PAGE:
Characterization of a novel synapse-specific protein. I. Developmental expression and cellular localization of the F1-20 protein and mRNA.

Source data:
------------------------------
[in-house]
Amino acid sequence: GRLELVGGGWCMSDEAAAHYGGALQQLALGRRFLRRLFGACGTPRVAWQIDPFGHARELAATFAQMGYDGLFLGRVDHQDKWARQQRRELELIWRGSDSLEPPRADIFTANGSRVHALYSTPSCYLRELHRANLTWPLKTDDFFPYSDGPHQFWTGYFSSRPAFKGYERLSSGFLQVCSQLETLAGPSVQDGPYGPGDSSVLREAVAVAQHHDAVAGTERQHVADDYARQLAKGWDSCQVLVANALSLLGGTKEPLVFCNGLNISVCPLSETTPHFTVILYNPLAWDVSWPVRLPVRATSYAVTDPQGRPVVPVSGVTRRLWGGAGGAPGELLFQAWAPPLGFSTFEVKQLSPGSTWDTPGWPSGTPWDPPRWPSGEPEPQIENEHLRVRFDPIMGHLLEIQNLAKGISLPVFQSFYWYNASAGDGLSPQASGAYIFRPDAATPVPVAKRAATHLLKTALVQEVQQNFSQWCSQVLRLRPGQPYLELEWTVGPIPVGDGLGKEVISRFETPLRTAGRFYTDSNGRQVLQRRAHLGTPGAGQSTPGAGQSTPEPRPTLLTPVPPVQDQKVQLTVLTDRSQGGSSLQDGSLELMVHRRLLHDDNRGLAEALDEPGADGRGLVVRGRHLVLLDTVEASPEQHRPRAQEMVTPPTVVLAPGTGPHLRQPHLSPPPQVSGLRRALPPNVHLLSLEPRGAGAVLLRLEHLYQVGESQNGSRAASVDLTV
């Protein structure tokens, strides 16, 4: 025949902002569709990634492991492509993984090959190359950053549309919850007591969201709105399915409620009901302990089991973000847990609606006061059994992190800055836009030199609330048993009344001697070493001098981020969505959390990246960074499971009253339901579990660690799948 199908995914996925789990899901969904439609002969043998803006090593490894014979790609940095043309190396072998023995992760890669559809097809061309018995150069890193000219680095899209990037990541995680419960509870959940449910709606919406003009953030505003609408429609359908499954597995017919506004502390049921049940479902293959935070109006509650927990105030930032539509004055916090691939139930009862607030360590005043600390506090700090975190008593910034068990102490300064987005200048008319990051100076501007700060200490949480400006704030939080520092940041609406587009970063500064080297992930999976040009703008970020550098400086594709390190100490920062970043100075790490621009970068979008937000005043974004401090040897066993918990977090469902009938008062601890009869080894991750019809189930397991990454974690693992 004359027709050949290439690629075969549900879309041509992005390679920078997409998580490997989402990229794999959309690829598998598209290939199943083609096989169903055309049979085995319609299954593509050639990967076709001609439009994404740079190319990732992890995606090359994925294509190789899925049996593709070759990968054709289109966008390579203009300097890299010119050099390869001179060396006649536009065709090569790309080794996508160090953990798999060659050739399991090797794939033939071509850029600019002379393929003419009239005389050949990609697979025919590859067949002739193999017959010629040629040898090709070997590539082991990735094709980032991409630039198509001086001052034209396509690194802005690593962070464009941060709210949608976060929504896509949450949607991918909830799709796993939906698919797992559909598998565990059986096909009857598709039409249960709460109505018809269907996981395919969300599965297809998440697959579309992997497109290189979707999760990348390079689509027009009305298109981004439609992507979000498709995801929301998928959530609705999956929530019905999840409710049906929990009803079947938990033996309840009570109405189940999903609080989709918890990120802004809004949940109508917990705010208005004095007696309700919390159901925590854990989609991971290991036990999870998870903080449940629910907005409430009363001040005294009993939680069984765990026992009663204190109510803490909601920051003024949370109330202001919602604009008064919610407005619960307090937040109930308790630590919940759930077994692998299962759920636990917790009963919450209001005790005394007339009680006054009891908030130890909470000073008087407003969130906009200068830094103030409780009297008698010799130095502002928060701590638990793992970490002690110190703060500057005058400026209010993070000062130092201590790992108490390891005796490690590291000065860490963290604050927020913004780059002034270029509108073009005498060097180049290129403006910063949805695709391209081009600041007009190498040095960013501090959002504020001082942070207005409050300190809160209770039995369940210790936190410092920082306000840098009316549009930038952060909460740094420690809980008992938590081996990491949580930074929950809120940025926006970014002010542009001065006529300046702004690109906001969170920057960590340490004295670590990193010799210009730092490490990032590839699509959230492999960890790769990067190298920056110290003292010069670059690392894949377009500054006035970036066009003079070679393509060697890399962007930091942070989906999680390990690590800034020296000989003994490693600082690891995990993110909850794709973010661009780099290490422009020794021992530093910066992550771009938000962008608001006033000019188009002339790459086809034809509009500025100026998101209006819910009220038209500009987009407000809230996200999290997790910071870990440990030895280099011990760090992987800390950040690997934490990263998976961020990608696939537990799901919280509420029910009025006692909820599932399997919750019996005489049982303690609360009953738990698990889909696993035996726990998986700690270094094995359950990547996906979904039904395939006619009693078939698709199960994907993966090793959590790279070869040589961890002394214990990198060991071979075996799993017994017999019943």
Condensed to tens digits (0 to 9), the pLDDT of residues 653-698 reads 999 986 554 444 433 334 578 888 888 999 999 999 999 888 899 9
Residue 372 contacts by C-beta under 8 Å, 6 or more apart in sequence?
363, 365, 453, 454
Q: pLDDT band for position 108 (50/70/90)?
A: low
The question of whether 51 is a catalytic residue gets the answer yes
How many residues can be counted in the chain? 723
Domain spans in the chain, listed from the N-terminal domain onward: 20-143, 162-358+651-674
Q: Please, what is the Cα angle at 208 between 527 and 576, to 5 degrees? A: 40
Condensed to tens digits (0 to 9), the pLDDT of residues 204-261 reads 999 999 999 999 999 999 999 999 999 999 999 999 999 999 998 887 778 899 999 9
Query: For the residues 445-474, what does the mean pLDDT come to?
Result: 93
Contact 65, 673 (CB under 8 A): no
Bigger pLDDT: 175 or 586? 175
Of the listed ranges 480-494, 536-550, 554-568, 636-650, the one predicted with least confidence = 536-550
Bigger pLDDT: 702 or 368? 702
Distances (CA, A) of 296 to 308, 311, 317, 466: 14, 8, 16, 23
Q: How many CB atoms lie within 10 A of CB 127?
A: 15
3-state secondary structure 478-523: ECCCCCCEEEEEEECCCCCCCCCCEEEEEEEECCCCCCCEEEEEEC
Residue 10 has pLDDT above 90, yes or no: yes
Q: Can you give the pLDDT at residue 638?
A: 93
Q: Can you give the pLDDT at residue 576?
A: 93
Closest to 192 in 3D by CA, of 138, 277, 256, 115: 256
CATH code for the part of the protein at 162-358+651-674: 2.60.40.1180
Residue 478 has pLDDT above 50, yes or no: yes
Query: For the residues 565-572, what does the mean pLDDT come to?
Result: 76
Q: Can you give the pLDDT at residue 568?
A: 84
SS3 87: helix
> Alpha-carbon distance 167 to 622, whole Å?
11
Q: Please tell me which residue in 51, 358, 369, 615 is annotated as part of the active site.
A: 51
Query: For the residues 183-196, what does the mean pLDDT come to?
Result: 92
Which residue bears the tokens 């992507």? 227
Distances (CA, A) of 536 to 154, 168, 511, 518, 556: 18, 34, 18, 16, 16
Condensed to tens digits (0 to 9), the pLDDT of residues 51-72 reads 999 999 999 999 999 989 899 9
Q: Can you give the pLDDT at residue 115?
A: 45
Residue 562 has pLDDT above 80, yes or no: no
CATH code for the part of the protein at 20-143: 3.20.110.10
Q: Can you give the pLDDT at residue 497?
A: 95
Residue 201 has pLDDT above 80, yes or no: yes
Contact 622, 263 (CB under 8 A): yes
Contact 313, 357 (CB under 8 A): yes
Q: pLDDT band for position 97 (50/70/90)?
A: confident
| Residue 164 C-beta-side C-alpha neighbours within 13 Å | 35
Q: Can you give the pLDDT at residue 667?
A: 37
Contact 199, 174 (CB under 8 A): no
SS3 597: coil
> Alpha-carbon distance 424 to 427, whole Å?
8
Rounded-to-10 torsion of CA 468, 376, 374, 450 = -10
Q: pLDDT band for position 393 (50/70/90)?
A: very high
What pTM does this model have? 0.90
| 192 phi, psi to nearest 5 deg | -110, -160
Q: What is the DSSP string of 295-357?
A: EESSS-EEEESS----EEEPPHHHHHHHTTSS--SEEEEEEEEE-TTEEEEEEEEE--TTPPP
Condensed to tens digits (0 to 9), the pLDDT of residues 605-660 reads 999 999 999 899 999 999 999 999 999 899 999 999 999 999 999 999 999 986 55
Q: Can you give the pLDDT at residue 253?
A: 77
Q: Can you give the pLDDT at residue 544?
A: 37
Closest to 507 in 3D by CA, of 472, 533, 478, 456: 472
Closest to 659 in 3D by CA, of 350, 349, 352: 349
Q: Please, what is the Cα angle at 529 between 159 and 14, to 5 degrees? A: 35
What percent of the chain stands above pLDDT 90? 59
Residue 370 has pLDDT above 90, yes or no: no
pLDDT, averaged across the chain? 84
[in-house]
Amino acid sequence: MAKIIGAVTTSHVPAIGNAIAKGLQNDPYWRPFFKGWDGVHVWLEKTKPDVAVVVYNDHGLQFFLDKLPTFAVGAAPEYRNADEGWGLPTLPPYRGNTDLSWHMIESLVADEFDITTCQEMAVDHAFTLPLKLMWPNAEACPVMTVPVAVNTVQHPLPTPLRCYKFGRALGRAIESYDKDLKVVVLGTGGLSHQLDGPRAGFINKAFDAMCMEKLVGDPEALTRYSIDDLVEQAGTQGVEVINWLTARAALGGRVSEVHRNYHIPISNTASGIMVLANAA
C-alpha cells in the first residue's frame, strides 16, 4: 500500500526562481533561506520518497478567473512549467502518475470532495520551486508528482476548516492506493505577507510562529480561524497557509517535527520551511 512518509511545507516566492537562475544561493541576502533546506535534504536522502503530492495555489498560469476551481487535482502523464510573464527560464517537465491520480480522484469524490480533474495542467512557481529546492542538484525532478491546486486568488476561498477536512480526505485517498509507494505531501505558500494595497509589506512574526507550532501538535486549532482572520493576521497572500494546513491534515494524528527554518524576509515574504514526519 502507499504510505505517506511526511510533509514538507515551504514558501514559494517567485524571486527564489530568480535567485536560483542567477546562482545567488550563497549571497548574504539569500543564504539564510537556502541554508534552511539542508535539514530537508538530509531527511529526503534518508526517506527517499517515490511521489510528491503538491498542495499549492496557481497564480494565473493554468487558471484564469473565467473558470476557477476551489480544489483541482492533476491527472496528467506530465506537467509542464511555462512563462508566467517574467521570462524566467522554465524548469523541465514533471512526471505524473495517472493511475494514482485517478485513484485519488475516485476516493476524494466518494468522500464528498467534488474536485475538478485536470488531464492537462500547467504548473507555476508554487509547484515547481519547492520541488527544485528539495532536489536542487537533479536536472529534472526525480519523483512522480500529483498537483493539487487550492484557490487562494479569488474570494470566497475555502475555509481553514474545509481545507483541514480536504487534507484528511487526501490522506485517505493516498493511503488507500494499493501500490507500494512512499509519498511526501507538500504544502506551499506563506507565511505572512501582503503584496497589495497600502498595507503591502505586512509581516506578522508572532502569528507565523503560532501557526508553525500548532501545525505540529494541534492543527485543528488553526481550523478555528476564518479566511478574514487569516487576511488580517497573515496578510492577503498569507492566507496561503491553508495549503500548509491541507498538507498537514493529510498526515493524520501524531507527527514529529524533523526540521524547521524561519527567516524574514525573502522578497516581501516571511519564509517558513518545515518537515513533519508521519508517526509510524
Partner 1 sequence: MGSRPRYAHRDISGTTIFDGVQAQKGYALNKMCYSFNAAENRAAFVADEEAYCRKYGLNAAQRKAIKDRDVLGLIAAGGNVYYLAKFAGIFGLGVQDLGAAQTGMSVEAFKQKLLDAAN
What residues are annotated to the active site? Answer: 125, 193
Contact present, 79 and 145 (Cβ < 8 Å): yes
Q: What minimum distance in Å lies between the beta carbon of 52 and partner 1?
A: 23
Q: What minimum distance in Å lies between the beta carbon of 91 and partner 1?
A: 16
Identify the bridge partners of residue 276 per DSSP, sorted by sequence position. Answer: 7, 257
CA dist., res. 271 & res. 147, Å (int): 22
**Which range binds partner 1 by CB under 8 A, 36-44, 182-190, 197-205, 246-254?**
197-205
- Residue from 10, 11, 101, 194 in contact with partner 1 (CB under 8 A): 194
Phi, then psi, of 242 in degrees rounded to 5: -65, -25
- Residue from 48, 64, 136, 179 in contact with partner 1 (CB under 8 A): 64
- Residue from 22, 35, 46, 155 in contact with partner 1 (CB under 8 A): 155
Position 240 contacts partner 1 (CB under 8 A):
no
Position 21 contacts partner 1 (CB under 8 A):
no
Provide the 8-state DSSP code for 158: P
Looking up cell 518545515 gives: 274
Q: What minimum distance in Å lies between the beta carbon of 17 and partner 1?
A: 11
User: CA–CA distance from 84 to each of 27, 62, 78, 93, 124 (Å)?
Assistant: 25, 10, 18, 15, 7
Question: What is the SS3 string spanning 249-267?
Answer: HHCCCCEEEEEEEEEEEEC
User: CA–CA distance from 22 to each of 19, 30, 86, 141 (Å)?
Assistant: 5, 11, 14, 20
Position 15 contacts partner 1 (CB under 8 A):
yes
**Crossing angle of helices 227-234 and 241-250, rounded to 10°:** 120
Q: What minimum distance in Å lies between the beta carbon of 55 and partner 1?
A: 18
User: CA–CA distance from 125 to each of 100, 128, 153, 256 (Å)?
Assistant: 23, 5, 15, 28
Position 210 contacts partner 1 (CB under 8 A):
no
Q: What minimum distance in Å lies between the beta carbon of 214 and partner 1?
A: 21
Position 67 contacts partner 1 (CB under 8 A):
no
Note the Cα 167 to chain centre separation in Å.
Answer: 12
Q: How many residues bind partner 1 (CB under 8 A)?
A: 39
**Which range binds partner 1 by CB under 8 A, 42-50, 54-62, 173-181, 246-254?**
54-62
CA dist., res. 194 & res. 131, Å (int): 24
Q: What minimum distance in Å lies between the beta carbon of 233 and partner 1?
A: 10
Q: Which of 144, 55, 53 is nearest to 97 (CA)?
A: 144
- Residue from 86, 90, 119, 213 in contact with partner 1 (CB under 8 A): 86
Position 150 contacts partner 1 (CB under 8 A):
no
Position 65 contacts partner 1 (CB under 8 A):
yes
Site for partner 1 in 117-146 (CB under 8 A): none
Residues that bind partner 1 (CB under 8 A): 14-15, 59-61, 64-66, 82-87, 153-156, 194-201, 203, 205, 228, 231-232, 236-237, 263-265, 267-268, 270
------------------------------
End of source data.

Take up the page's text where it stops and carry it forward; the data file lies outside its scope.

Monoclonal antibody Cat-301 recognizes a surface antigen on subsets of neurons in many areas of the mammalian CNS, including Y-cells in the cat dorsal lateral geniculate nucleus (LGN) and spinal motor neurons in several species. We have shown previously that the Cat-301 antigen is expressed relatively late in postnatal development, with a time course that matches that of late developmental features of both LGN and spinal cord neurons. The developmental time course of the expression of the Cat-301 antigen in the LGN correlates with the period during which visual deprivation can alter LGN Y-cells. Neonatal visual deprivation (by monocular lid suture or dark rearing) suppresses Cat-301 expression on Y-cells, while deprivation in adult animals has no effect on antigen expression. These results suggested that the onset of Cat-301 immunoreactivity provides a positive molecular marker for the end of a critical period in cat visual system development. To determine if Cat-301 might be a general marker for experience-dependent development in other areas of the CNS we have examined antigen expression on hamster spinal cord motor neurons. Here, we report that Cat-301 immunoreactivity develops on hamster motor neurons between postnatal days 7 and 14. Altering neuromuscular activity by sciatic nerve crush or thoracic hemicordotomy inhibits Cat-301 expression on motor neurons if performed before the onset of Cat-301 immunoreactivity. Other motor neuron antigens are unaffected by this procedure. In adult animals, nerve crush or cordotomy has no effect on Cat-301 immunoreactivity, demonstrating that Cat-301 expression is not simply dependent on ongoing neural activity. These observations suggest that motor neurons, like LGN neurons, require some pattern of neuronal activity during a critical period in development and, further, that the phenotypic changes in neurons consequent to early activity are reflected by the expression of specific molecules. The identification and characterization of such molecules may yield a description of the molecular mechanisms of experience-dependent development.